Environmentalists protecting Tunisia's migratory birds find peace and purpose

Under threat and in decline, Tunisia's natural beauty continues to entrance those lucky enough to catch a glimpse of it

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On a sunny Friday morning in mid January, a little blue rental car cruised down the quay along the nearly empty beach in Hergla, a small resort town in Tunisia's Sahel region. The water was clear, the temperature inviting, but the visitors were not there for the beach. Instead, they parked their car and turned inland, towards the salt marsh not 100 metres from the shore.

They were there for the birds.

While one of the four, a middle-aged Egyptian man from his country's environmental ministry, set up a spotting scope on a tripod, the other three – an Egyptian ecologist, a young Libyan ornithology student and Hichem Azafzaf, the co-ordinator of the international waterbird census in Tunisia – peered through binoculars and scanned the surface of the shallow sebkha, or salt lake.

"Looks like there are seven – no eight – flamingos out on the water, and four grey herons plus a handful of stilts out near that rock," Mr Azafzaf said. "We will need the scope to count how many for sure."

It was not a large number, considering the nearly 380,000 waterbirds Tunisia hosts every winter as they feast on brine shrimp, insects, fish and other small organisms in the muddy marshes all along the country's coast, bulking up for a trans-Mediterranean migration in the spring. But every individual counts, and every individual must be counted.

As the team logged the information, Mr Azafzaf, who has been co-ordinating this annual census of Tunisia's migratory bird population for more than two decades, explained the importance of this body of work, an effort also undertaken in 150 countries simultaneously. As a whole, the survey has produced one of the most complete pictures of global ecological change in recent decades.

"It is hard to see change on a micro scale," he said. Five more or fewer flamingos on one salt marsh may not seem like much on any given day "but when you do a massive count, you start to see patterns of growth or decline for individual species and can understand what actions need to be taken".

And while the populations of many of the species that the dozens of teams participating in the census count have grown in recent decades, more than 30 species are in decline. Some, such as the black tern, have all but disappeared from Tunisia's shores.

Mr Azafzaf said a combination of pollution, poaching and climate change has had the greatest impact on the bird populations in Tunisia, but the country's politics also plays a role.

There is tension between humans and the environment that has only increased since the revolution. As people struggle to stay afloat and the government proves more and more dysfunctional, efforts to combat ecological damage have fallen by the wayside.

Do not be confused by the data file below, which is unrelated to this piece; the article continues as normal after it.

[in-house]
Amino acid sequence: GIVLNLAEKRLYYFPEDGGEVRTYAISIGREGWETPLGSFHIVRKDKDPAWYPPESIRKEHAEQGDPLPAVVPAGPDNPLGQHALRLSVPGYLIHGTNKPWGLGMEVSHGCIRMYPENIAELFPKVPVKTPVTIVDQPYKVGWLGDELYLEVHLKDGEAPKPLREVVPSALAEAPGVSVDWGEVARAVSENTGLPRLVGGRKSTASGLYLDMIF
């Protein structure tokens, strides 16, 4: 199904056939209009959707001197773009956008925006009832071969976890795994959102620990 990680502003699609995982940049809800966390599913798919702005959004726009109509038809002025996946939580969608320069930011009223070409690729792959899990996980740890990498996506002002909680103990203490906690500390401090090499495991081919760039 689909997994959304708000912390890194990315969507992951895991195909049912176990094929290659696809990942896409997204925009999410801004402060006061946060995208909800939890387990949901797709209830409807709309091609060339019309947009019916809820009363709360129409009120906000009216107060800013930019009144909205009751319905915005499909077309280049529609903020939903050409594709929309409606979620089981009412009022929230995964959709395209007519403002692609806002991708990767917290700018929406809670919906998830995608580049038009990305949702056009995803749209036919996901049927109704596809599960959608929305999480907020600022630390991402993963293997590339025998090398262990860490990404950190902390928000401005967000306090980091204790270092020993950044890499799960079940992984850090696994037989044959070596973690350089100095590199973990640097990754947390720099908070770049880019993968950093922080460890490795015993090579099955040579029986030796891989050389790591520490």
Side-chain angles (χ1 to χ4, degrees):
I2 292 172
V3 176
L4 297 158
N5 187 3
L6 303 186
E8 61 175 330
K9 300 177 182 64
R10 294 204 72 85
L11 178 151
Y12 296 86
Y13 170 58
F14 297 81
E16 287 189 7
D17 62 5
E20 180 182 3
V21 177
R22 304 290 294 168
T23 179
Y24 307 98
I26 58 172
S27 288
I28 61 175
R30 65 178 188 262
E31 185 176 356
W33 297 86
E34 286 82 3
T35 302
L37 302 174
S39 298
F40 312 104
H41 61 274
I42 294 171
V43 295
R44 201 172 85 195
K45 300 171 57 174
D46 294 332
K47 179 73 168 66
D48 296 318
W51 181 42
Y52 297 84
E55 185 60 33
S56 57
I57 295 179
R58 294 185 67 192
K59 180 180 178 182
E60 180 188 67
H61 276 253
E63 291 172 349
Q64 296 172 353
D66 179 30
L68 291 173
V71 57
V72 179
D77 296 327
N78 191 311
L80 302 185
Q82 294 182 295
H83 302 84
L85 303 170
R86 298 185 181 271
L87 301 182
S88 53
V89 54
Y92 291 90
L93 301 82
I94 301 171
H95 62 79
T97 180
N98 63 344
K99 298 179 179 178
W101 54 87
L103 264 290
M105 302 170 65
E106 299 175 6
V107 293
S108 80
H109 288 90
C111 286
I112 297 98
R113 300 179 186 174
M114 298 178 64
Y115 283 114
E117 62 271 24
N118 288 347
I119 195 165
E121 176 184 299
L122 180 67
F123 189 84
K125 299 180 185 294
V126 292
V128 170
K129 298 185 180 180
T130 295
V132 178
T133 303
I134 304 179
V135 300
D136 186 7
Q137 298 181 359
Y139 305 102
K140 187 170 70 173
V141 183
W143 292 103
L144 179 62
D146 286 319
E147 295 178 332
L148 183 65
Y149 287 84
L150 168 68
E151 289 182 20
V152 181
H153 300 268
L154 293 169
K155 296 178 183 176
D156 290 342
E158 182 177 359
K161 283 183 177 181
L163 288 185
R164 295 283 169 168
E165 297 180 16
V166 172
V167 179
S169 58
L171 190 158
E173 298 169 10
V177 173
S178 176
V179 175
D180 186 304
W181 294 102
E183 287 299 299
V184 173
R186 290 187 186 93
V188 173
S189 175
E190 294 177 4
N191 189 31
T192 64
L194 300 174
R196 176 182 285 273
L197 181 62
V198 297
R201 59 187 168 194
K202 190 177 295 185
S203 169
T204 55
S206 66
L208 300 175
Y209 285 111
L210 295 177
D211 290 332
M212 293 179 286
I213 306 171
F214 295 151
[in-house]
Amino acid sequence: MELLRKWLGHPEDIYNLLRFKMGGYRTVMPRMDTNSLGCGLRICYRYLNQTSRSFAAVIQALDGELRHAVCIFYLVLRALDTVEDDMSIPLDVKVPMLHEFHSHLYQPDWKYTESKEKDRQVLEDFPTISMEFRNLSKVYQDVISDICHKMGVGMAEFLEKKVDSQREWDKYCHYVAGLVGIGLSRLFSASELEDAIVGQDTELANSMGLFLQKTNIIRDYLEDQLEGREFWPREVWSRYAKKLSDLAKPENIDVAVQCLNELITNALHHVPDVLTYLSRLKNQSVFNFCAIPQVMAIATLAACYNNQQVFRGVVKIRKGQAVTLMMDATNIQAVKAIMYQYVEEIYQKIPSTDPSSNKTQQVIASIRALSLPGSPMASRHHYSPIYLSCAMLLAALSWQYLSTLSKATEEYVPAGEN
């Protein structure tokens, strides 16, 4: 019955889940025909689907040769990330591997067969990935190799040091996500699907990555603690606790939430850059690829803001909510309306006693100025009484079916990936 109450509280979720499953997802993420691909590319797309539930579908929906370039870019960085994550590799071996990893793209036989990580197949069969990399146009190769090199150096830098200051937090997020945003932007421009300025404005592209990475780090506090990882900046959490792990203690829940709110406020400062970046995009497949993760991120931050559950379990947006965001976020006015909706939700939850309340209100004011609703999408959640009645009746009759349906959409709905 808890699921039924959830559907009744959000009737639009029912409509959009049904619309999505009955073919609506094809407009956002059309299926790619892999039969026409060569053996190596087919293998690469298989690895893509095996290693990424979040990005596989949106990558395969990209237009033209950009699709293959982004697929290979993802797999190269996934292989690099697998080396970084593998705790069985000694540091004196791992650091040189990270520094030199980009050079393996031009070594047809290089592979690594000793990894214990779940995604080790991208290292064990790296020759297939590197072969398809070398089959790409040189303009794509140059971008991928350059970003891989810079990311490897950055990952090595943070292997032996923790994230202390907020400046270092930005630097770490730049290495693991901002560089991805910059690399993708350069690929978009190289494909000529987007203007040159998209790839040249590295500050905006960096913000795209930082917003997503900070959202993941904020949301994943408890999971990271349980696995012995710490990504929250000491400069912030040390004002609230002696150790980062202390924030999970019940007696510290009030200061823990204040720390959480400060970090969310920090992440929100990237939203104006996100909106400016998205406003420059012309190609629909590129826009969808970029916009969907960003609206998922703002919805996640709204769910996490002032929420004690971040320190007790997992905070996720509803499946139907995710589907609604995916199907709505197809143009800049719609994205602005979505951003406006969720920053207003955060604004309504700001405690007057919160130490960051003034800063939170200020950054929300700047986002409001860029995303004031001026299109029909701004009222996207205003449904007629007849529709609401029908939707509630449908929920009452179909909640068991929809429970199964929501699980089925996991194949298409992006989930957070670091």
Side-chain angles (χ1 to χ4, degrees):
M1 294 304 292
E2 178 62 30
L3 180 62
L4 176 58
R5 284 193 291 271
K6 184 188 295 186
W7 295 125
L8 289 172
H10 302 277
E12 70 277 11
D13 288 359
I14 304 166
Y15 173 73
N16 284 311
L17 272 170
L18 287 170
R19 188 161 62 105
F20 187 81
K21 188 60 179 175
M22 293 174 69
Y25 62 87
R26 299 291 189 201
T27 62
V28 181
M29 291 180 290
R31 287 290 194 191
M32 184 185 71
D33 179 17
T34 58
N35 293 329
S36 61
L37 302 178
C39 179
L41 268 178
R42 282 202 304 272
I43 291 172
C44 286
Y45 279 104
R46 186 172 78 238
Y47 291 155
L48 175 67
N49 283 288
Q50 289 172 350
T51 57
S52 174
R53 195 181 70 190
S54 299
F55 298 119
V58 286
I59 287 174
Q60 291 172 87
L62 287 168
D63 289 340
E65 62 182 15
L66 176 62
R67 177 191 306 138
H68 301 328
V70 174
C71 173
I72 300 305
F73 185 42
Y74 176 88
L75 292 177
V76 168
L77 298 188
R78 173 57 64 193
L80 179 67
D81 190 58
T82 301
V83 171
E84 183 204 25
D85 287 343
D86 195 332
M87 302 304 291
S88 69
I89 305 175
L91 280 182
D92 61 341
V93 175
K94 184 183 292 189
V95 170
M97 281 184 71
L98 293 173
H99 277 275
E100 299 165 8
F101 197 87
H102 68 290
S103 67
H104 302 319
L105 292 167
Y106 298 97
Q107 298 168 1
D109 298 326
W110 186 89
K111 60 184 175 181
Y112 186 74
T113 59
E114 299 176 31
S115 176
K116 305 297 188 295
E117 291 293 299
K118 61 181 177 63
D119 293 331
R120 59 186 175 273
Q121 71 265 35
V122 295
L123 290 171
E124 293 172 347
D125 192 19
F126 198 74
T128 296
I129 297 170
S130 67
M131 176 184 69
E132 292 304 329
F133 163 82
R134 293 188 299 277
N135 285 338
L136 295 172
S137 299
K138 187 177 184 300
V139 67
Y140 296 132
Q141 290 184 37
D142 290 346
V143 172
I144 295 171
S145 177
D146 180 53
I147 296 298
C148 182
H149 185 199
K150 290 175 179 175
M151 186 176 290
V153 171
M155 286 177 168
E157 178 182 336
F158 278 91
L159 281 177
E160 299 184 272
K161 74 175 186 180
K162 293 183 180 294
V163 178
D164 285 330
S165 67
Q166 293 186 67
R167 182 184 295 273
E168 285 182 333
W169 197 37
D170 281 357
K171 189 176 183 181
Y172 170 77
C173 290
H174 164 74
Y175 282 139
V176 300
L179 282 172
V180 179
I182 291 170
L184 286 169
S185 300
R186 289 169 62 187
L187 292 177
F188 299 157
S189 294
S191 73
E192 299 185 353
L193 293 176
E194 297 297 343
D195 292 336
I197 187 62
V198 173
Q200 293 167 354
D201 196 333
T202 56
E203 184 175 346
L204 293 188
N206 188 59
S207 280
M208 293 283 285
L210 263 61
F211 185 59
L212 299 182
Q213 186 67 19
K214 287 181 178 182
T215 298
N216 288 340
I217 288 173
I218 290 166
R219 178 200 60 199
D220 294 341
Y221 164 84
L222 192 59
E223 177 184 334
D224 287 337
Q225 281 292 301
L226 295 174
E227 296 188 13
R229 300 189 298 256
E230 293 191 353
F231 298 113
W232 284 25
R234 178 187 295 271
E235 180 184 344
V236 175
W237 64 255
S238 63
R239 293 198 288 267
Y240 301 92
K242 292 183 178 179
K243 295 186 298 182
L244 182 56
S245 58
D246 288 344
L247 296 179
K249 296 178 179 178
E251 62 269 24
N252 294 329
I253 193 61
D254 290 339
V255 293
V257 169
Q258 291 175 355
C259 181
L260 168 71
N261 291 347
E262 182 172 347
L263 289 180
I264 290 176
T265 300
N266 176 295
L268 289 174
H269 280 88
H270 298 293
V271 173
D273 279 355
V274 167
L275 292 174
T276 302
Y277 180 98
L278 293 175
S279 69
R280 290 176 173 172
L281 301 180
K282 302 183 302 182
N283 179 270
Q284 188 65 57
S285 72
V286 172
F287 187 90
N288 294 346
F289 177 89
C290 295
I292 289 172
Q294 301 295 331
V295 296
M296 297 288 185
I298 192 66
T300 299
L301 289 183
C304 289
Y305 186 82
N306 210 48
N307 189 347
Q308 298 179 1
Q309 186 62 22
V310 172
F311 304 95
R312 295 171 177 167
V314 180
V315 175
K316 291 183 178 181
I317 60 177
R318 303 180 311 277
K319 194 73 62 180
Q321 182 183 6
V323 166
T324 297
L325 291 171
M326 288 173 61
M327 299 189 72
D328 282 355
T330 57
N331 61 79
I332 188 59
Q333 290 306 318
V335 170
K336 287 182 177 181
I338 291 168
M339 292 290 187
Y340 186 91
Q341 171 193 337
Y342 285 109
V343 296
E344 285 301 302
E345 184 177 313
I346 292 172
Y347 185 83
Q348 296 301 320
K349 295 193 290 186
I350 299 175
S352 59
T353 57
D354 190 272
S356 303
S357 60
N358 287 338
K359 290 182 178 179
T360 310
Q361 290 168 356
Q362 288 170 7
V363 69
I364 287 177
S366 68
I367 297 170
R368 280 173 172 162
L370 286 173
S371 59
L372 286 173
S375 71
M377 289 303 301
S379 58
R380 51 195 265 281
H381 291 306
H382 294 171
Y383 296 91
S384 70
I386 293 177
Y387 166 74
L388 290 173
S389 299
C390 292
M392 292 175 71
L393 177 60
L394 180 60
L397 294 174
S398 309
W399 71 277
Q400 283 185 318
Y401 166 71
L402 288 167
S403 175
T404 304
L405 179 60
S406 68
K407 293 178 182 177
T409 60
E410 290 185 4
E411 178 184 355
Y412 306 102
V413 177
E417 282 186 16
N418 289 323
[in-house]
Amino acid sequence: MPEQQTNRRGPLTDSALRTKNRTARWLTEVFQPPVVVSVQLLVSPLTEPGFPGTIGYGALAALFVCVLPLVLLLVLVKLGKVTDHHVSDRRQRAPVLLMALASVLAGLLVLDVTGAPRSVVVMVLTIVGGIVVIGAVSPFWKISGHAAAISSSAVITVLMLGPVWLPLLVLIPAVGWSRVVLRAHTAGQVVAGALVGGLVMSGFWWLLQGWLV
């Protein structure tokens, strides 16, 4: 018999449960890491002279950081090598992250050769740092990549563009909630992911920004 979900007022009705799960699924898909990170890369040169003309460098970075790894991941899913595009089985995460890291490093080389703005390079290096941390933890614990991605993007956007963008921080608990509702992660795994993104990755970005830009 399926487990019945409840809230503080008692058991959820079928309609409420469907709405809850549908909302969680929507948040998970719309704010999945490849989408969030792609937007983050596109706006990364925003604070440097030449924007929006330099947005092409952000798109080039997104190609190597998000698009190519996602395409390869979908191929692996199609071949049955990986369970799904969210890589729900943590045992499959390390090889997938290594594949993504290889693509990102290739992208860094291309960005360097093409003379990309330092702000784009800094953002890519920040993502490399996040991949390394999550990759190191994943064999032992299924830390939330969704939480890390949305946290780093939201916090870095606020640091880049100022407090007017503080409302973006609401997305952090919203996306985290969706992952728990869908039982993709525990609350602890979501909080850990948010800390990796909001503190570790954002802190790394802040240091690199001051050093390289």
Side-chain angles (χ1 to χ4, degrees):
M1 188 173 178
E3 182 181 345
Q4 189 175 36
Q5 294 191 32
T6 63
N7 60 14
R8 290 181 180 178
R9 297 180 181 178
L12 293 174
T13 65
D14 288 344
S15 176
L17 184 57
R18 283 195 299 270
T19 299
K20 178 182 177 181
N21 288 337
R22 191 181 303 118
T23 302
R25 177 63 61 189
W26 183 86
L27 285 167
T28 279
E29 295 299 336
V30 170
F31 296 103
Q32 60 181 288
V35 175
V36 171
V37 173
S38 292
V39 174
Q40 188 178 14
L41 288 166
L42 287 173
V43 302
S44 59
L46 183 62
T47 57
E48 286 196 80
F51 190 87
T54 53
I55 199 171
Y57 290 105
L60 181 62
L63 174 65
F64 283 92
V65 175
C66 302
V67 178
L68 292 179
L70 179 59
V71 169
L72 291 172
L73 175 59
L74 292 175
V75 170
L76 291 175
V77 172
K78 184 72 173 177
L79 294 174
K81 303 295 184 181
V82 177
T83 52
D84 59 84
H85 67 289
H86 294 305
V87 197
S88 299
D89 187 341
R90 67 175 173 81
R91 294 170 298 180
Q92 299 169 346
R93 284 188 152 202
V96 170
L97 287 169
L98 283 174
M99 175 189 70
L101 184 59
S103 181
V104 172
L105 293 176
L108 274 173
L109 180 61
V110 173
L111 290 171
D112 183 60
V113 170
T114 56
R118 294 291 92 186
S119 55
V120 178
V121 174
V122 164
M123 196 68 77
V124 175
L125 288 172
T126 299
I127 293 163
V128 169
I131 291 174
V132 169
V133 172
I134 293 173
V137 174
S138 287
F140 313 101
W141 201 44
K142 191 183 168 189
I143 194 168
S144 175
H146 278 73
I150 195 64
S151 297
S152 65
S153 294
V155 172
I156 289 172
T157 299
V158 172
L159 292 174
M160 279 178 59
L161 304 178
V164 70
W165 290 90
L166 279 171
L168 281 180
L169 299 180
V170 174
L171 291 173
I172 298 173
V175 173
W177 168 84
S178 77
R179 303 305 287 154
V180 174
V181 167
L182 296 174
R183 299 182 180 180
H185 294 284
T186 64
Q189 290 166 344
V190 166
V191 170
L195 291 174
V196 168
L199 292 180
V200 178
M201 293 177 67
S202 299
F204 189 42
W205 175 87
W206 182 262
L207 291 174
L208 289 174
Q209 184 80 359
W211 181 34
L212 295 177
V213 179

Cheaper housing is being pushed to the edges of towns and cities and, in many cases, has sprung up on top of wetlands. Ad hoc infrastructure contributes to wastewater run-off, and the country's continuing waste crisis threatens humans and animals alike.

"Before the revolution you never saw this kind of pollution," said Mr Azafzaf. "Afterwards, people started doing what they wanted – they were not afraid of anything any more. Now they dump their trash, their construction rubble, anywhere they want," and oftentimes, that is in or near the sebkhas.

Large scale climate change also affects their habitats. "If there are two or three dry years in a row, farmers will start to till up and use parts of land that used to be the lake bed for salt marshes, slowly encroaching on the habitat," he said.

There is an urgency to their work that Mr Azafzaf is hoping to instil in a rising generation of ecologists, including Sara Alwhishi, 24, an ecology and ornithology student from Libya who travelled to Tunisia to participate in the census.

Over a sardine and harissa sandwich on the shore of the sebkha, she told me how this kind of fieldwork had given her studies meaning and purpose, and had changed the way she saw the world she lived in.

"There is a sweet peace that comes from watching creatures closely," she said. "It helps you understand you are part of something bigger, and that even the smallest actions – like tossing my napkin on the ground after a meal – have consequences beyond what we imagine."

"Nature is not just here for us to have and use; we have to take care of it, protect it, and it will keep protecting us."

The count that afternoon was sparse but before we parted ways, Mr Azafzaf pulled me aside and opened Google maps on his phone. Scores of red location markers tagged his favourite observation points around the country and he showed me a spot near my house where, he said, about 10,000 water birds, including hundreds of flamingos, were feeding on one of the country's largest salt lakes.

I set out the next day to find them myself.

From a distance, the flamingos appear to be white dots on the glossy expanse of the lake. But as I moved closer and lifted my binoculars, their features pulled into focus: spindly pink legs lifted as graceful as a ballerina's as they moved through the knee-deep water; piercing yellow eyes and dark red and black beaks.

Something disturbed them – perhaps the sound of we humans mucking about on the muddy shore, or maybe something else entirely unseen – and in a rush of air, they lifted off, hundreds of them, exposing a stunning flash of magenta and black flight feathers, wheeling in graceful choreography and with surprising speed towards the opposite shore.

I stood in awe and felt deeply what Sara, the young ornithologist had meant, as a line from the Scottish poet Wendell Berry came to my mind: I come into the peace of wild things.

Updated: January 31, 2022, 8:33 AM